Stalkers can get quite animated over the early shedding of velvet and its implications. For the trophy hunter, the sight of a mature animal clean of velvet in February is seen as a good omen for providing a well-coloured trophy in the first week of the open season.
This year it seems that completely clean bucks have been recorded from the south to the north as early as 24 February. Interestingly, most reports came from the east of the UK; correspondents from the west did not record any fully clean animals by the end of the third week in March, but saw some animals with clean tips. Some observers reported relatively young animals with clean heads, which may point to a shortened growing period. I wonder if reports of these early clean bucks reflect a change in the roe population?s dynamic or point to the huge increase in roe enthusiasts who now actively observe and report their findings.
A change in the law
Scottish stalkers and others who operate in Scotland need to be aware of important changes introduced by the 2011 Wildlife and Natural Environment (Scotland) Act. In essence, part of this act removes the rights of occupiers to cull deer out of season that are, or are likely to, cause damage.
Where such damage occurs, from 1 April 2012 a general licence must be obtained to cull male deer. But this licence will not permit the killing of female deer between 1 April and 31 August. If damage occurs in this period, the occupier has to apply to Scottish Natural Heritage for authorisation to kill those female deer that are causing, or are likely to cause, damage. For more information on this change, visit www.snh.gov.uk. Stalkers should take the time to familiarise themselves with it.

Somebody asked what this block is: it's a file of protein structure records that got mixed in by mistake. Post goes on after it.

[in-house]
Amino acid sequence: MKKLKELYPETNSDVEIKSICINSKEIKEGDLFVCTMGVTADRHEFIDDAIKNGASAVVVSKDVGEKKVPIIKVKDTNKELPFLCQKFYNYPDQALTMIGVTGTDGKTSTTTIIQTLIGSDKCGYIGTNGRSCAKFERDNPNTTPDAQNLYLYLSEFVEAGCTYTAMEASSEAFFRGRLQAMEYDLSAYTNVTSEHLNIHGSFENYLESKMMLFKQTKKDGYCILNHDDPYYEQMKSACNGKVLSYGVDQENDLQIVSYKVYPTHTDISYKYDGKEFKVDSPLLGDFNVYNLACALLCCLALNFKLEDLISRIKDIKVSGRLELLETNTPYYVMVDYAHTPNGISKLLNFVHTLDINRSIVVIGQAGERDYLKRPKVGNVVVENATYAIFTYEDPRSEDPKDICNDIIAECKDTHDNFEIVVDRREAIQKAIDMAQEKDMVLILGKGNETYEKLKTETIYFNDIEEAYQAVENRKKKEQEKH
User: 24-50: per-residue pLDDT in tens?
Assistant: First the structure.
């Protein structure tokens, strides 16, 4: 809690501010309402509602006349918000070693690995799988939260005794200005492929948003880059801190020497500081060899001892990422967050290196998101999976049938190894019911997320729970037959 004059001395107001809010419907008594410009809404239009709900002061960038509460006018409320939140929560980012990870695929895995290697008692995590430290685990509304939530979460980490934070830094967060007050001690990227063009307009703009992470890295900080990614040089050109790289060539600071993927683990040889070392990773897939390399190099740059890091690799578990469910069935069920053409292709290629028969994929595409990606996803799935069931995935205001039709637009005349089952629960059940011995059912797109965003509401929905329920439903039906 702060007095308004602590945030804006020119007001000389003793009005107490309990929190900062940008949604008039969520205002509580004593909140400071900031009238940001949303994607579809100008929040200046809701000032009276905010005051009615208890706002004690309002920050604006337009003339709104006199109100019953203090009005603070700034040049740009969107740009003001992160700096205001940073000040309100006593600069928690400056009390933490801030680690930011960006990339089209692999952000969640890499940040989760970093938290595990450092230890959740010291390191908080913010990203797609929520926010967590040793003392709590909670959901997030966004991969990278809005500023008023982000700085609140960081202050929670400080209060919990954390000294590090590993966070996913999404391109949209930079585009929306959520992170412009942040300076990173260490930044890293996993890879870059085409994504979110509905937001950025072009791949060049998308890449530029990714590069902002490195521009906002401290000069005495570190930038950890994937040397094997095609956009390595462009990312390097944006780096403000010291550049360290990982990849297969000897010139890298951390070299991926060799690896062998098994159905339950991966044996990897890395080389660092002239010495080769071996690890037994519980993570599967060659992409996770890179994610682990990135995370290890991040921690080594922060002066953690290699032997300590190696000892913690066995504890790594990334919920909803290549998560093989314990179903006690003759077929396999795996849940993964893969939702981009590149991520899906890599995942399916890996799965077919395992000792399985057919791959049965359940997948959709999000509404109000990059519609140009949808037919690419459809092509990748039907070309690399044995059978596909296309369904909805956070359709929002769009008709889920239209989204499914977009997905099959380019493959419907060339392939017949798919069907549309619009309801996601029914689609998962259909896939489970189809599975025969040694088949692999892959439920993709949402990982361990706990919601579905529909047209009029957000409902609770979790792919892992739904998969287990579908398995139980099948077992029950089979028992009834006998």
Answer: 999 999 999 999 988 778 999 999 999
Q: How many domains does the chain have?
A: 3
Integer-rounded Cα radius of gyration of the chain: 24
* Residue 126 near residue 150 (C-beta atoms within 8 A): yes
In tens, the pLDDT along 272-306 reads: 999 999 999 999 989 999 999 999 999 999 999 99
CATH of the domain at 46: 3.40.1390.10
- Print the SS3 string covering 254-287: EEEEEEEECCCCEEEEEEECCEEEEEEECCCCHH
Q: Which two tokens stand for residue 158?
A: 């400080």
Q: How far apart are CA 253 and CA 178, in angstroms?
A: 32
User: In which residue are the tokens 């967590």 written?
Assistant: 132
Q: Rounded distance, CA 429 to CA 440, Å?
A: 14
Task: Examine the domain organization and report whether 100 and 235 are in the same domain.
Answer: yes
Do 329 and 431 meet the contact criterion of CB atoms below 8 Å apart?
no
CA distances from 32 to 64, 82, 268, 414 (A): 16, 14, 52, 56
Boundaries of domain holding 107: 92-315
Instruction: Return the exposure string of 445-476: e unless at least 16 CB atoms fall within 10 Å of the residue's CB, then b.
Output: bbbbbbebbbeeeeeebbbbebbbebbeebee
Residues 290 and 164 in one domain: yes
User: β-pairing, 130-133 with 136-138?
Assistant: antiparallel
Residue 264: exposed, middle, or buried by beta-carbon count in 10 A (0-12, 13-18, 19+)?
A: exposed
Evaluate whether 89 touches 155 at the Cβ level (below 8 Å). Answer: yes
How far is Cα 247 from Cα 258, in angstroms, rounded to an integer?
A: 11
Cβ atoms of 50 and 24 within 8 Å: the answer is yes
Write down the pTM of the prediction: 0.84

The talk of Schmallenberg virus appearing in deer has been circulating in the stalking community after it appeared in cattle in the Netherlands and Germany in the late summer and early autumn of 2011. Infected animals subsequently gave birth, with difficulty, to deformed offspring.
The virus has now appeared in sheep in the UK, though the number of flocks affected is reportedly small. It is not known if the virus will affect deer, but stalkers should be vigilant as kidding and calving approaches ? clearly its appearance could have significant welfare issues for the deer population.
It?s interesting how technology now influences stalking. Increasing numbers of deer managers seem to favour the use of stealth cameras to assess their resident deer and familiarise themselves with territorial boundaries. These cameras allow you to see your deer, and can provide an accurate record of date and time. But let?s hope that all of us who use this technology maintain a proper sporting ethic when it comes to deploying it, and that at all times fair chase and ethical stalking remains a priority!
Whatever the changes and challenges, the new season looks encouraging and it will hopefully bring the chance of the buck you?ve always wanted.